Generation Empty (A Response to FRONTLINE)

Saw a rather compelling episode of FRONTLINE, one of the few news publications that actually cares about good journalism.  This was an episode called “Generation Like” (Linked here) and it was a very interesting episode.  My generation grew up in the 90’s, and we are so unconnected in a lot of ways from how this latest generation is perceiving and interacting with the world.  This isn’t going to be a negative response.  Or rather, I’m not going to be going after FRONTLINE.  Their episode was good and I am glad I saw it.  But seeing what they had to say, it got me to thinking about something.

Those who are coming up after me live and breathe the Internet.  Social media is everything.  For real, everything.  This is a reality that isn’t about to change, so don’t go hoping or expecting it to.  We can’t go back.  Like Napster before it, Facebook and Myspace (remember them?) opened the floodgates that changed the world forever.  There was this great line that Sean Parker had in The Social Network

We lived on farms, then we lived in cities, and now we’re going to live on the Internet!

That’s a reality that is never going to change, however much we might want it to.  And there is a reason that we want it to.  As I watched this episode, I realized something – this culture is so empty.  For real, the level of shallowness that was displayed in this episode of FRONTLINE was almost heart-breaking.  You had kids who were obsessed with pop culture.  The narrator talked about how this was a trend among those he interviewed.  There was a character who made his brand, identity and living off of his obsession with bands like One Direction (who sucks) and the like.  All stuff that is mainstream and marketable.  Corporate advertisers liked him and the average females who clicked on his YouTube videos liked him too.  This kind of popularity is not uncommon on the Internet world.

However, there was another side to this.  They showed a young boy who originally made skateboarding videos.  Kid seemed to have talent, but then he realized something – the racier and more risque his content became, the more views he got and the more money he got.  The more recognition he got.  An identity was made.  It showed something I already had some idea about, but never knew the extent of until now.  It is a huge market of both identity and fame for people who go out of their way to make complete asses of themselves for the Internet’s amusement.  It is a harrowing look at how vacant the lives of young people have become when they can go out and hurt themselves for the express purpose of getting attention.  Or, to make themselves look like complete sexist assholes in cheap videos about how to pick up loose women.  Though girls do the same to the other extreme.  No gender is blameless.  No gender is innocent.  It seems that so many do it.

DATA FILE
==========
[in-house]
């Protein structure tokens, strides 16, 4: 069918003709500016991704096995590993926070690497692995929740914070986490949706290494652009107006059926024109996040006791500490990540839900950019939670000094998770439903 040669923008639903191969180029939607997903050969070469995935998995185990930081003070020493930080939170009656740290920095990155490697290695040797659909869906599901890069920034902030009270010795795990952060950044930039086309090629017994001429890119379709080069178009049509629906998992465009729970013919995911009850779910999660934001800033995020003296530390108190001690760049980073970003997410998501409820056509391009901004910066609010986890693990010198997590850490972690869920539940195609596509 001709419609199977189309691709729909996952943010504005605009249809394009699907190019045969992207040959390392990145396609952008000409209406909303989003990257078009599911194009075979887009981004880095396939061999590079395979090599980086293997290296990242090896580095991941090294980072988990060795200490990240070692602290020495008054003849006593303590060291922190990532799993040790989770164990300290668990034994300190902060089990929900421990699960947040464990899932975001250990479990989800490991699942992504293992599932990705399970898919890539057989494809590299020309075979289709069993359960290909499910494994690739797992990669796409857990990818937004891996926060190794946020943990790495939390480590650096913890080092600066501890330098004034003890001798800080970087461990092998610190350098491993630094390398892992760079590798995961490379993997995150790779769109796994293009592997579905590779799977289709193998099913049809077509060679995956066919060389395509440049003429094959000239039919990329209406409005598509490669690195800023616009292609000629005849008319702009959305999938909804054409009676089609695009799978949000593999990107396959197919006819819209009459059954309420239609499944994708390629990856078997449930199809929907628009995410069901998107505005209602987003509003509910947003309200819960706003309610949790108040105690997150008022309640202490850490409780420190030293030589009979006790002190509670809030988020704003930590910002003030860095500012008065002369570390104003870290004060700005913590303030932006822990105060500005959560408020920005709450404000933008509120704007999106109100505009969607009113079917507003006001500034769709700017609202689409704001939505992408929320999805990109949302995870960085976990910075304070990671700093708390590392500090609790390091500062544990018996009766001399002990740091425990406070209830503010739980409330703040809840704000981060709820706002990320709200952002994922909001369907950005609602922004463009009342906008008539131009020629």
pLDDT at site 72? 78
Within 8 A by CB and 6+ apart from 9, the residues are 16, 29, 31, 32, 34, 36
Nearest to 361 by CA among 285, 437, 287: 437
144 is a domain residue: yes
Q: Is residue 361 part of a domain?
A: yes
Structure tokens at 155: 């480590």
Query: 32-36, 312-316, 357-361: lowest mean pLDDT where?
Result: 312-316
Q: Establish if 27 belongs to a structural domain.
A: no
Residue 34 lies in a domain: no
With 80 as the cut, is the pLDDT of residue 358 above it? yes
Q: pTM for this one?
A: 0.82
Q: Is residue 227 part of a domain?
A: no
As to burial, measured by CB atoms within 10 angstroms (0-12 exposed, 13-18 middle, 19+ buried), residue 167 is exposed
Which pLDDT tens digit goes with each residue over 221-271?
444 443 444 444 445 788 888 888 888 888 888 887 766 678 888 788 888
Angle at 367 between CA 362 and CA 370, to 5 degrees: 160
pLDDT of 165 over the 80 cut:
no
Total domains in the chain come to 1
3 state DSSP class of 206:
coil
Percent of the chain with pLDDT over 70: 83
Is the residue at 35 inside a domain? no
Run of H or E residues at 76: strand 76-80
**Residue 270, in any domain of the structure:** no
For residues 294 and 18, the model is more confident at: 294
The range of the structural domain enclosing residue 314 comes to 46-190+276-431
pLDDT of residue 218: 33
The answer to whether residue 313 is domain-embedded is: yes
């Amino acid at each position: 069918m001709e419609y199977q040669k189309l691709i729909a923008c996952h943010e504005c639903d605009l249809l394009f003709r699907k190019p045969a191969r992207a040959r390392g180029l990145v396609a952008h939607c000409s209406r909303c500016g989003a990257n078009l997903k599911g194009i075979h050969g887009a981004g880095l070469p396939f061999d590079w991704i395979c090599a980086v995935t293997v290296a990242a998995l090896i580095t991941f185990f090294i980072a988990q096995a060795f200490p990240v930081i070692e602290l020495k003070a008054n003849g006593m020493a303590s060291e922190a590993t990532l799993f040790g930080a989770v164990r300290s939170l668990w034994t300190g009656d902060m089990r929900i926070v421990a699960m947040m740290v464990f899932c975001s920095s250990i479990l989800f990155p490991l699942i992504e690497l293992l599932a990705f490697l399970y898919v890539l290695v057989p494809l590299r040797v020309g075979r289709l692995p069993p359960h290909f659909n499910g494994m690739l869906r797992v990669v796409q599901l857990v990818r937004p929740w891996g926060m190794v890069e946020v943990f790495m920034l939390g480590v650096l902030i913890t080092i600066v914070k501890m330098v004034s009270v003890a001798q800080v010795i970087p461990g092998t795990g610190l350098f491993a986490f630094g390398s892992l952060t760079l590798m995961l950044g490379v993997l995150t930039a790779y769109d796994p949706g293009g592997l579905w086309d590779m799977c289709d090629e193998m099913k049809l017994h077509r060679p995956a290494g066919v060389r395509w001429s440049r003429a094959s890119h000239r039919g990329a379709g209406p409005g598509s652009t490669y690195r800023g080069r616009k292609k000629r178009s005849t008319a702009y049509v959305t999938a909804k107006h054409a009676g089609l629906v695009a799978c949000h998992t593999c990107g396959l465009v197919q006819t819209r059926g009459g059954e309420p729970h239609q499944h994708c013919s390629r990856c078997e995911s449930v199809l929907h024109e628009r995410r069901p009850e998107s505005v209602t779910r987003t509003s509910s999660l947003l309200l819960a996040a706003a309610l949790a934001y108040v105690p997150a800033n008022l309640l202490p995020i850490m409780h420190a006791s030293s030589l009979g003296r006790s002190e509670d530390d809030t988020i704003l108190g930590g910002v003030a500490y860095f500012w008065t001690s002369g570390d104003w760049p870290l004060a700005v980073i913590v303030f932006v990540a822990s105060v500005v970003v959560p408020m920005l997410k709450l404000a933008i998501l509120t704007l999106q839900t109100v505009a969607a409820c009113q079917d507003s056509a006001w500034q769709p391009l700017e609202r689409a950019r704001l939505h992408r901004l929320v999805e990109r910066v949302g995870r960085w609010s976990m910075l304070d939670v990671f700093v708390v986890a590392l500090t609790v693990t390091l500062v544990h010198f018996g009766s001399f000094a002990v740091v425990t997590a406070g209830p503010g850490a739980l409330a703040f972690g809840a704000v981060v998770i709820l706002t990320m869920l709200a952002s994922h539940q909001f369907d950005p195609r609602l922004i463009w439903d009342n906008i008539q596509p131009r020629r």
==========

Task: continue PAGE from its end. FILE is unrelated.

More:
There was this comic that was done a while back where it showed a network that made a show where everybody could watch everybody at any time.  It said at the bottom – having finally been rendered obsolete, the concept of art quietly passes away.  That’s where we seem to be heading.  Culture seems to have stagnated.  Artistic creativity in ways that matter seems to be valued less and less.  Now, I will recognize that there is no malice behind this reality.  For real, it’s all very innocent, in most ways.  Kids don’t realize what this is doing.  They’re just getting out there and having fun.  I don’t begrudge them that.  With how shitty the economy is (and going nowhere fast), if they can find a niche that can get them an identity and make money, hey, power to them.  And indeed, there is money to be made.  Where once the online sphere was something that couldn’t make a lot of money, now there is a ton of cash swimming around, waiting for people to swoop in and grab it.

But the bigger question is – at what point do we realize how pathetically empty all of these pursuits are?  At what point do we sit back and wonder – does anyone even care about this anymore?  Does the kid who is trying to hit it much the same as how Justin Bieber got famous, using that same kind of soulless garbage, realize how much he is taking away from actual potential for good music?  The visual arts are almost completely dead, with the exception of Indie gaming companies who are trying to push the boundaries and tell powerful stories.  Although, if The Last of Us is any example, the blockbuster games can still do the same thing, in a big way.  But the other visual arts are pretty much dead and gone, with the exception of those who are rebels and choose to do their medium in ways where they can get noticed for doing what’s wrong, like street art taggers who go marking places that don’t get hit with great works.  It’s telling when the only paintings you see in this country in recent years are the ones on brick walls.

We are starting to become consumed by the banal.  Corporate America is very cleverly using this new world to make a ton of cash.  The youth are burying themselves up to their eyeballs in it, because this is their world.  It is never going to change, so they knew to get in while the getting is good.  But at the same time, they are dying because of it.  You have kids who say that their profile page is their world, because it symbolizes them in their entirety.  The amount of likes is something that people take pride in.  Followers and views is a measure of power and success.  Where are we going?

I get the feeling that wherever it is, it isn’t good.

Until next time, a quote,

“Nowadays, people know the price of everything and the value of nothing.”  -Oscar Wilde

Peace out,

Maverick

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